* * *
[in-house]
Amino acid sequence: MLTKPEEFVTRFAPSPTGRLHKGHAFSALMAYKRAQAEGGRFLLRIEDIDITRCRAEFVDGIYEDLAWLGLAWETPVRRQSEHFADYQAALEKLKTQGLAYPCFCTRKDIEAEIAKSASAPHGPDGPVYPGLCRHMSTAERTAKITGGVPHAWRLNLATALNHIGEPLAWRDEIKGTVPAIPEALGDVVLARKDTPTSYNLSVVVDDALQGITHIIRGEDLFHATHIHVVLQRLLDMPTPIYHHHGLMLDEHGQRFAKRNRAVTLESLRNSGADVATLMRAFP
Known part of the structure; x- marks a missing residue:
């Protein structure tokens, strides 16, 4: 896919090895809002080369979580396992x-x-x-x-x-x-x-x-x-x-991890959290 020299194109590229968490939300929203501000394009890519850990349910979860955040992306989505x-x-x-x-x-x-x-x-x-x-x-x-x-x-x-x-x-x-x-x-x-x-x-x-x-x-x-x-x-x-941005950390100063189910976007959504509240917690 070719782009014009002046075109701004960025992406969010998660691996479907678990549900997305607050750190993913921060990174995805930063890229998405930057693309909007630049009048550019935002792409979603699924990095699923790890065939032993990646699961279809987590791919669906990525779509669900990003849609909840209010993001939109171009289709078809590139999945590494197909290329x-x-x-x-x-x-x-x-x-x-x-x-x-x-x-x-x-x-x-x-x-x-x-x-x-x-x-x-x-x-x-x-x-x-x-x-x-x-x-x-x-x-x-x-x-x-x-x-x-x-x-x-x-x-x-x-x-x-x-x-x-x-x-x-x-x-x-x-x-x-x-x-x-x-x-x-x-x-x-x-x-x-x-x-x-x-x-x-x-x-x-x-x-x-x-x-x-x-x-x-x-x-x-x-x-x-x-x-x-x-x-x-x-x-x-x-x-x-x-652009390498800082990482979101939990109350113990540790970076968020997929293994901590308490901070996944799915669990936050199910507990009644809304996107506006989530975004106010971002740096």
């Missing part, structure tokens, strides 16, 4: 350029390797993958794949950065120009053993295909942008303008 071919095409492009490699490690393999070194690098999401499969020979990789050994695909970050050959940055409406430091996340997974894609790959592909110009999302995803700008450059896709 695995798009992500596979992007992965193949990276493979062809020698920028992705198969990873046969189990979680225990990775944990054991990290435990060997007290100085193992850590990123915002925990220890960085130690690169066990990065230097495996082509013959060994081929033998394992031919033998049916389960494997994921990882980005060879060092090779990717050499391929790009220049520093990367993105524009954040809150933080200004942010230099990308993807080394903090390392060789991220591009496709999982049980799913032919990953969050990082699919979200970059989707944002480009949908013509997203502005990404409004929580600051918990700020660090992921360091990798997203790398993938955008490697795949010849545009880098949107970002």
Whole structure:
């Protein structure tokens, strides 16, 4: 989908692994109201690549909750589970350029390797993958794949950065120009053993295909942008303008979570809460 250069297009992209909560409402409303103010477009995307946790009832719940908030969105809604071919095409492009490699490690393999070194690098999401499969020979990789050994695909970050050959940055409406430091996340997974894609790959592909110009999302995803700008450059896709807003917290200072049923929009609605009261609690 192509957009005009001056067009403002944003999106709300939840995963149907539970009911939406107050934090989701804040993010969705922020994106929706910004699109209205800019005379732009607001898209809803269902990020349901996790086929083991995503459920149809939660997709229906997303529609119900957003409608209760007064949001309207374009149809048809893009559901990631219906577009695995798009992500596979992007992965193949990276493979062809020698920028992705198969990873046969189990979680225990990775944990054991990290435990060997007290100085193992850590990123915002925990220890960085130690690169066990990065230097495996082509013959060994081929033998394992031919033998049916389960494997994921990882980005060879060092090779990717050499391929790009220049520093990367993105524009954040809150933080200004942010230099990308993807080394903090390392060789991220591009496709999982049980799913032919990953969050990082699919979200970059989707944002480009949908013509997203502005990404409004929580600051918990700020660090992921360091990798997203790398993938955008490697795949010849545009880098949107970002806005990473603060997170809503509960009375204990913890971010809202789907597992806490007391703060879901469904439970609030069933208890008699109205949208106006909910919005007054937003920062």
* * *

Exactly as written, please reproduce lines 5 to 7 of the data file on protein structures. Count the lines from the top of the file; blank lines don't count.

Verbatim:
């Missing part, structure tokens, strides 16, 4: 350029390797993958794949950065120009053993295909942008303008 071919095409492009490699490690393999070194690098999401499969020979990789050994695909970050050959940055409406430091996340997974894609790959592909110009999302995803700008450059896709 695995798009992500596979992007992965193949990276493979062809020698920028992705198969990873046969189990979680225990990775944990054991990290435990060997007290100085193992850590990123915002925990220890960085130690690169066990990065230097495996082509013959060994081929033998394992031919033998049916389960494997994921990882980005060879060092090779990717050499391929790009220049520093990367993105524009954040809150933080200004942010230099990308993807080394903090390392060789991220591009496709999982049980799913032919990953969050990082699919979200970059989707944002480009949908013509997203502005990404409004929580600051918990700020660090992921360091990798997203790398993938955008490697795949010849545009880098949107970002």
Whole structure:
């Protein structure tokens, strides 16, 4: 989908692994109201690549909750589970350029390797993958794949950065120009053993295909942008303008979570809460 250069297009992209909560409402409303103010477009995307946790009832719940908030969105809604071919095409492009490699490690393999070194690098999401499969020979990789050994695909970050050959940055409406430091996340997974894609790959592909110009999302995803700008450059896709807003917290200072049923929009609605009261609690 192509957009005009001056067009403002944003999106709300939840995963149907539970009911939406107050934090989701804040993010969705922020994106929706910004699109209205800019005379732009607001898209809803269902990020349901996790086929083991995503459920149809939660997709229906997303529609119900957003409608209760007064949001309207374009149809048809893009559901990631219906577009695995798009992500596979992007992965193949990276493979062809020698920028992705198969990873046969189990979680225990990775944990054991990290435990060997007290100085193992850590990123915002925990220890960085130690690169066990990065230097495996082509013959060994081929033998394992031919033998049916389960494997994921990882980005060879060092090779990717050499391929790009220049520093990367993105524009954040809150933080200004942010230099990308993807080394903090390392060789991220591009496709999982049980799913032919990953969050990082699919979200970059989707944002480009949908013509997203502005990404409004929580600051918990700020660090992921360091990798997203790398993938955008490697795949010849545009880098949107970002806005990473603060997170809503509960009375204990913890971010809202789907597992806490007391703060879901469904439970609030069933208890008699109205949208106006909910919005007054937003920062």